11 Ways to Answer the Most Overlooked Medical School Interview Question 


Medical School interview Question

11 Ways to Answer the Most Overlooked Medical School Interview Question:

Medical school interview season continues, which means we are back with another round of need-to-know information to help you make it through your interviews without a hitch. When preparing for an interview, medical school hopefuls spend a lot of time getting introspective. After all, interviewers will likely ask students all about themselves. They’ll ask about work experience, motivation, and classes. There’s one question, however, that you may have overlooked in all your preparation. The question? “Do you have any questions for us?” Good interviewees are prepared for this question, and after this blog post, you will be, too! Below, we have listed eleven questions you can ask in an interview and what they tell an interviewer about you when you ask them.  

1) Ask about specific programs at the school.  

You can use this question as an opportunity to indicate that you’ve done your homework when it comes to your interviewing school, demonstrating your high level of interest. 

2) Ask the interviewer how they got to where they are today. 

First of all, let’s be honest. People love talking about themselves, and interviewers are no exception. Not only is this an opportunity for the interviewer to feel all the positive feelings, but it’s also a genuine opportunity for you to learn about what it’s like as someone who has been through what you will go through.  

3) If you’re interviewing at a school outside your current city, ask about local life.  

Showing an interest in the surroundings helps show the interviewer that you can see yourself living there, indicating that their medical school is high on your list.  

4) Ask if the interviewer has any advice for you as a future medical student. 

This question shows an interviewer that you respect their experience and serves as guidance for you as you pursue a medical career.  

5) Ask the interviewer to put themselves in your shoes.  

For example, ask them to imagine that they were selecting a medical school for the first time. What would their deciding factor be? This question varies slightly from the previous question asking for advice. This time, though, the question prompts the interviewer to empathize with you.  

6) Ask about the culture among students. Are classes tight-knit? Are they competitive?  

This question shows an interviewer that you have pictured yourself as a medical school student already – you know what you want out of your experience. Answers to this question also help you formulate that picture further.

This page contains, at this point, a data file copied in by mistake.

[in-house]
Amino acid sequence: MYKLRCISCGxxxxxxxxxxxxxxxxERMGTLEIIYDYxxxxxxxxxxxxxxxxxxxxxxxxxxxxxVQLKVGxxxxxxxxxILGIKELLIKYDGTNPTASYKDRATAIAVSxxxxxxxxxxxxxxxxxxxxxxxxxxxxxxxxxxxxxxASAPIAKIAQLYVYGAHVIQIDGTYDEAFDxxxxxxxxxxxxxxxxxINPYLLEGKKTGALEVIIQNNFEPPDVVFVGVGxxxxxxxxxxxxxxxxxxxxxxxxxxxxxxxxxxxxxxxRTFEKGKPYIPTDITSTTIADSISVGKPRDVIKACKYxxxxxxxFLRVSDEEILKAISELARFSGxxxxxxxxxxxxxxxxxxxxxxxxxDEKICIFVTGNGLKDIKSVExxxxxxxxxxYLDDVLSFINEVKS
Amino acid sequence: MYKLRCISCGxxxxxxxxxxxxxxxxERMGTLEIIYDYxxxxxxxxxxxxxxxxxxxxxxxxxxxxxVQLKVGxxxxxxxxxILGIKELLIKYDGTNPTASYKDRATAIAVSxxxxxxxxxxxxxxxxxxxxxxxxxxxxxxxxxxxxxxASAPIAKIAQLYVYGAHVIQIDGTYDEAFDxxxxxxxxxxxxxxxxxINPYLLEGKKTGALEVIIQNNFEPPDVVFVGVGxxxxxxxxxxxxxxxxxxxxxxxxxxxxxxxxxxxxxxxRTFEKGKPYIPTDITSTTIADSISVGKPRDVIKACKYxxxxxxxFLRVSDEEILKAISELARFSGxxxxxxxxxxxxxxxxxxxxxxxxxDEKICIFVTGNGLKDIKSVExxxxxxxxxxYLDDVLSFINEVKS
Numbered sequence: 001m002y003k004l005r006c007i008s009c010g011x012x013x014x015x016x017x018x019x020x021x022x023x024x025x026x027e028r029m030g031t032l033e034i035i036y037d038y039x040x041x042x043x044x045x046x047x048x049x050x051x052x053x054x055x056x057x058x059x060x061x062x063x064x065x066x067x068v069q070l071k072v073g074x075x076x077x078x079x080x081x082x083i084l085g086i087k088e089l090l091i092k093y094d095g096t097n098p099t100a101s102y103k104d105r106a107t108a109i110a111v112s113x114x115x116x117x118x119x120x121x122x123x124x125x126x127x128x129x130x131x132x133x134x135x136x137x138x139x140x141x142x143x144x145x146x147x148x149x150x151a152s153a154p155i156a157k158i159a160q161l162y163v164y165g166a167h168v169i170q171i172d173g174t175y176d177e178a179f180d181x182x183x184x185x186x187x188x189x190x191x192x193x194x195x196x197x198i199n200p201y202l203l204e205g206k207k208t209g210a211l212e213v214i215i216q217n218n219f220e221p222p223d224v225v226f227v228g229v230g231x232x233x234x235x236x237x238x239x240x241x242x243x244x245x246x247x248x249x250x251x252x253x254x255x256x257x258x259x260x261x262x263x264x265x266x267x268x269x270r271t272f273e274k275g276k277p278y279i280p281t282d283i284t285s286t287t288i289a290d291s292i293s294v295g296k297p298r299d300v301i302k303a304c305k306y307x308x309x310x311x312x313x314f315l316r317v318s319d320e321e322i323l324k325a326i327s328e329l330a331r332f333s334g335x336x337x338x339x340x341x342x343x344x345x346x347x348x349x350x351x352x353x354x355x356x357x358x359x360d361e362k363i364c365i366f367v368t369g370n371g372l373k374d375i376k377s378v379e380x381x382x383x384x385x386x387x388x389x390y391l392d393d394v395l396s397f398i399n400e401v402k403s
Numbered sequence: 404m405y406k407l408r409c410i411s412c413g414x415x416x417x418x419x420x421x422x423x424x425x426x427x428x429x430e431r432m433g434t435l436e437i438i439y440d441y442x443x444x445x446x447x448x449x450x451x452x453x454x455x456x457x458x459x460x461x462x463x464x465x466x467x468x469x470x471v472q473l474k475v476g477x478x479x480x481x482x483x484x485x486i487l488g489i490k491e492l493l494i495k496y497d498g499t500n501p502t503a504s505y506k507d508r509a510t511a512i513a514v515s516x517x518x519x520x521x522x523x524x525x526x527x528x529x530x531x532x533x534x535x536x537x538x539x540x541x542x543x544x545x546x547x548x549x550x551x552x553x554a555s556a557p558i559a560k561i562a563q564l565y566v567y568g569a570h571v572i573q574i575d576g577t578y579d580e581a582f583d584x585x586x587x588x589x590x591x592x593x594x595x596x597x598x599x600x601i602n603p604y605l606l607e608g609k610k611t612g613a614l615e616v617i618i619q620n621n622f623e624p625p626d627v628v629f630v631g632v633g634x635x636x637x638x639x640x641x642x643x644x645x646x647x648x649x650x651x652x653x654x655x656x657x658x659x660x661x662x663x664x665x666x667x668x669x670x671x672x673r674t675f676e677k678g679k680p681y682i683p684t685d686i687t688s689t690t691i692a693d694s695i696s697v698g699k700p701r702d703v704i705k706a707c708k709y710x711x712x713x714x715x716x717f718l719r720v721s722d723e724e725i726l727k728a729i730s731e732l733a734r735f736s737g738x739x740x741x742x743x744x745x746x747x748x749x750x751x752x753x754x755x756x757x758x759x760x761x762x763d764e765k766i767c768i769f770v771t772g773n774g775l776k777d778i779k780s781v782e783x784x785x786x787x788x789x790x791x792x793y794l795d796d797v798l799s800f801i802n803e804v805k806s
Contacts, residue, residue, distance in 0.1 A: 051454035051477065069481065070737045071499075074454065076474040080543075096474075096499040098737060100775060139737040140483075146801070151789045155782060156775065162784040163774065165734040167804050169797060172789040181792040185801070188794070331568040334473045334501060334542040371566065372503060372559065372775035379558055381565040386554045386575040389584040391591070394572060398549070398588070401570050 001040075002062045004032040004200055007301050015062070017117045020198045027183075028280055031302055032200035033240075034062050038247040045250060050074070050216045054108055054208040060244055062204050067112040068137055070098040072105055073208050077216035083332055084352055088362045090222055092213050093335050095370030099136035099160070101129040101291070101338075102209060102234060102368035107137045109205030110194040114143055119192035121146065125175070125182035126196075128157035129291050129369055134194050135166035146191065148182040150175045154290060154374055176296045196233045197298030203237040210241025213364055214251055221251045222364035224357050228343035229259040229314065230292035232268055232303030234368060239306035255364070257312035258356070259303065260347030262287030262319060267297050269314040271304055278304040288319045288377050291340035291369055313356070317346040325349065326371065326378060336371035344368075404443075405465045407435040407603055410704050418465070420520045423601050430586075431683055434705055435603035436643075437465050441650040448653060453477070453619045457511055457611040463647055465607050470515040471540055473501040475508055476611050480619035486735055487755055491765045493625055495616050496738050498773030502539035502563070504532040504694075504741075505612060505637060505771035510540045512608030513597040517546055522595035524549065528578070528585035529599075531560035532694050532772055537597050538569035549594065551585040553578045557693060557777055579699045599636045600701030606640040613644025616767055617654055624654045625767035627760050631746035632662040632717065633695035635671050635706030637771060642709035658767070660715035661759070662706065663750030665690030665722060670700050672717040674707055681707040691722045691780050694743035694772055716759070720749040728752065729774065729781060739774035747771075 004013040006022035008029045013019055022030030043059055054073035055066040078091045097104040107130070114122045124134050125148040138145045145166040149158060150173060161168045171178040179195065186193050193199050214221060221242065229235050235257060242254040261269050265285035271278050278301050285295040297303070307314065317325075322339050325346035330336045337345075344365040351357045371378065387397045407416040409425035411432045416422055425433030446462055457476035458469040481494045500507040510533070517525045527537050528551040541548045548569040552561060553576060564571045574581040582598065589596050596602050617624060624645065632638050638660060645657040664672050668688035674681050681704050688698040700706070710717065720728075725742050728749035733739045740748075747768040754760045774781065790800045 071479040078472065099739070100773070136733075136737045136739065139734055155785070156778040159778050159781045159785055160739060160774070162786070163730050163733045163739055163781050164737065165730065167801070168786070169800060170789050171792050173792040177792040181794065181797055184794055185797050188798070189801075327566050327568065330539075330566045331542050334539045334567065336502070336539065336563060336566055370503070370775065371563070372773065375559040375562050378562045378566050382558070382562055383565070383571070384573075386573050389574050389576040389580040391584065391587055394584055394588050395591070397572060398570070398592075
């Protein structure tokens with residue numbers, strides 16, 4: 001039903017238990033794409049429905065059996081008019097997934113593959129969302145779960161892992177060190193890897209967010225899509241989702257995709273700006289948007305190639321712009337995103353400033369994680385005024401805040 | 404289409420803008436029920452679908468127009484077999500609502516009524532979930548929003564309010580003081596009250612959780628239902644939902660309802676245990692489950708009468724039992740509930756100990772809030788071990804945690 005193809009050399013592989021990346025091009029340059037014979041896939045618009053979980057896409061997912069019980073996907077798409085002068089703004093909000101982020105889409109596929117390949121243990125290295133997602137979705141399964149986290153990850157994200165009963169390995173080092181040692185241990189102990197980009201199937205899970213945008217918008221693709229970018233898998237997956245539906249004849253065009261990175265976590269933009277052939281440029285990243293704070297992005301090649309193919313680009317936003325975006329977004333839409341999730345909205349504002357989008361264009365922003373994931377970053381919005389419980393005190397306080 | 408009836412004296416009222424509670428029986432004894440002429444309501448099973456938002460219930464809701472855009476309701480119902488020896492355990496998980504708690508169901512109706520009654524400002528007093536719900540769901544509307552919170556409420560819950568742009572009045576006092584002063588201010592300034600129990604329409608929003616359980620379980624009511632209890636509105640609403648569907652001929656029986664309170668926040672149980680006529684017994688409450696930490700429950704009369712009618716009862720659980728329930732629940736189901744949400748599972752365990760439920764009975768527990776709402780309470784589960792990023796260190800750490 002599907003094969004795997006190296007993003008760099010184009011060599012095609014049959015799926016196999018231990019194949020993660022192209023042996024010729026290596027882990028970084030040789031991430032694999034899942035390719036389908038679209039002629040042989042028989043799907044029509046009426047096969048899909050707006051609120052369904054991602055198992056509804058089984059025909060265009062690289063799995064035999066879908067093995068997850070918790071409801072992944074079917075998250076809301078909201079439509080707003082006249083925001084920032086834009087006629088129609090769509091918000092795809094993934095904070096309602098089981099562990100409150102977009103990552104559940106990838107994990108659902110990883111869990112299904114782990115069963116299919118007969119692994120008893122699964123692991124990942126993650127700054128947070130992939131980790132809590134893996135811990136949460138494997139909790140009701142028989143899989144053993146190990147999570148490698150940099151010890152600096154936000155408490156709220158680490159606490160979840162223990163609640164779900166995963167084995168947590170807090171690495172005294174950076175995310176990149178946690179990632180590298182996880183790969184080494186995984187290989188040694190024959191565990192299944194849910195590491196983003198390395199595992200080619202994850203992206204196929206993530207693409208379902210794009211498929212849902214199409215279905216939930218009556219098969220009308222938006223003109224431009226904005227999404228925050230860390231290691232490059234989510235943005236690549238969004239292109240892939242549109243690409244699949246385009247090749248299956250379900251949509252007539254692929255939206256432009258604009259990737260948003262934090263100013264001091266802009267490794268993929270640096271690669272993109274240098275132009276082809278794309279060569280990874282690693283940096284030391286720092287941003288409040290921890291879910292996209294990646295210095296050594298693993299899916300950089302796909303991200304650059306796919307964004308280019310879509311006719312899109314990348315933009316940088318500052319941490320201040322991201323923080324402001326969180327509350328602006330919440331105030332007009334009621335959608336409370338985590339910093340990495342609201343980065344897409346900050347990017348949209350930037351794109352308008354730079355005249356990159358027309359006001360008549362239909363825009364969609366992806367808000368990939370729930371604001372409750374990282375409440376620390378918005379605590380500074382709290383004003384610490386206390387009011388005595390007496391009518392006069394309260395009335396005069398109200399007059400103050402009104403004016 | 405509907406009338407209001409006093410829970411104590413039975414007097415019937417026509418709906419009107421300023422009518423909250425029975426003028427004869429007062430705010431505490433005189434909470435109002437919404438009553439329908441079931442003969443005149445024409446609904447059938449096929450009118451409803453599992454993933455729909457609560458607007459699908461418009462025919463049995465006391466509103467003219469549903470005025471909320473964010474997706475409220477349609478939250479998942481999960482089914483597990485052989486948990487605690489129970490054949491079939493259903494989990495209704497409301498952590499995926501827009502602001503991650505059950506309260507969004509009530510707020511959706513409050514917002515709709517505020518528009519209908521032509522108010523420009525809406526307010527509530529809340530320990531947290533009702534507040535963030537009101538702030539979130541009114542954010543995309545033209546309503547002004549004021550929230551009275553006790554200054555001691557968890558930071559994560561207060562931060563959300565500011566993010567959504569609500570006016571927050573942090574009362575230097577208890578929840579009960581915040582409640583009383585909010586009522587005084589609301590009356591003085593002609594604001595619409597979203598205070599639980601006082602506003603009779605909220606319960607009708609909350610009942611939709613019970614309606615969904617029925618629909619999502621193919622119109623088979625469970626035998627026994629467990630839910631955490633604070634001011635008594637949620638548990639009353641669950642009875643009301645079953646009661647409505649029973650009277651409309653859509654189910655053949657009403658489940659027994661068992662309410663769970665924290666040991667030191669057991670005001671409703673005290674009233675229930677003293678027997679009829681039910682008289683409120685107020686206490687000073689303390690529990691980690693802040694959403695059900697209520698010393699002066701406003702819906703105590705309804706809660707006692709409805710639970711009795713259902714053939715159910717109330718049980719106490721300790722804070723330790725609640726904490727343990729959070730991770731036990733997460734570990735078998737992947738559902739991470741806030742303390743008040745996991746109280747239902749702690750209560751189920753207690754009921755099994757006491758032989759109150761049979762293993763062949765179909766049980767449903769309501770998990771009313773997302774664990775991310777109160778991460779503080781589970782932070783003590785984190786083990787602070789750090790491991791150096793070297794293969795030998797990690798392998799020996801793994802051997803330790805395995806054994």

7) Ask about statistics. 

There are many statistics you could inquire about: graduation rates (and in how many years), diversity, or typical class size. Asking about statistics that are important to you serves to both gain information and show interest to the interviewer. 

This question allows you to gather any information you might not have found otherwise.  

8) Ask what they believe the school can offer you that other schools can’t. 

Ideally, you would already know part of the answer to this question because you researched the school prior to interview day. However, giving the interviewer the chance to “sell” their school shows them that you are carefully considering your options.  

9) Ask about off-campus educational opportunities. 

For example, if a school is located in a big city, but you want to explore your options with rural medicine, you’ll want to know if you can do a clinical rotation away from the city. Asking questions like these show your interviewer that you are invested in a medical school experience that meets your needs and interests. 

10) Ask about unique educational or clinical experiences that the school might offer. 

When you inquire about these, you could even reference electives or opportunities you discovered in your research. “Other than x, which interests me, are there any unique experiences your school offers?” This question invites your interviewer to tell you about something that excites them.  

11) Ask anything… but use your question as a way to reference your experience.  

For many of these questions, there are opportunities to inject references to your clinical experience as a pre-med student. The best way to take advantage of your clinical experience is to be equipped to recall as many details as possible. Code Blue’s Clinical Experience Journals are an excellent way to organize your experiences as you live through them.   

At Code Blue Essays, we can provide you with resources for all of your interview needs! Our Interview Genius program is comprehensive, giving you everything you need to succeed this interview season. Schedule a free consult with us today!


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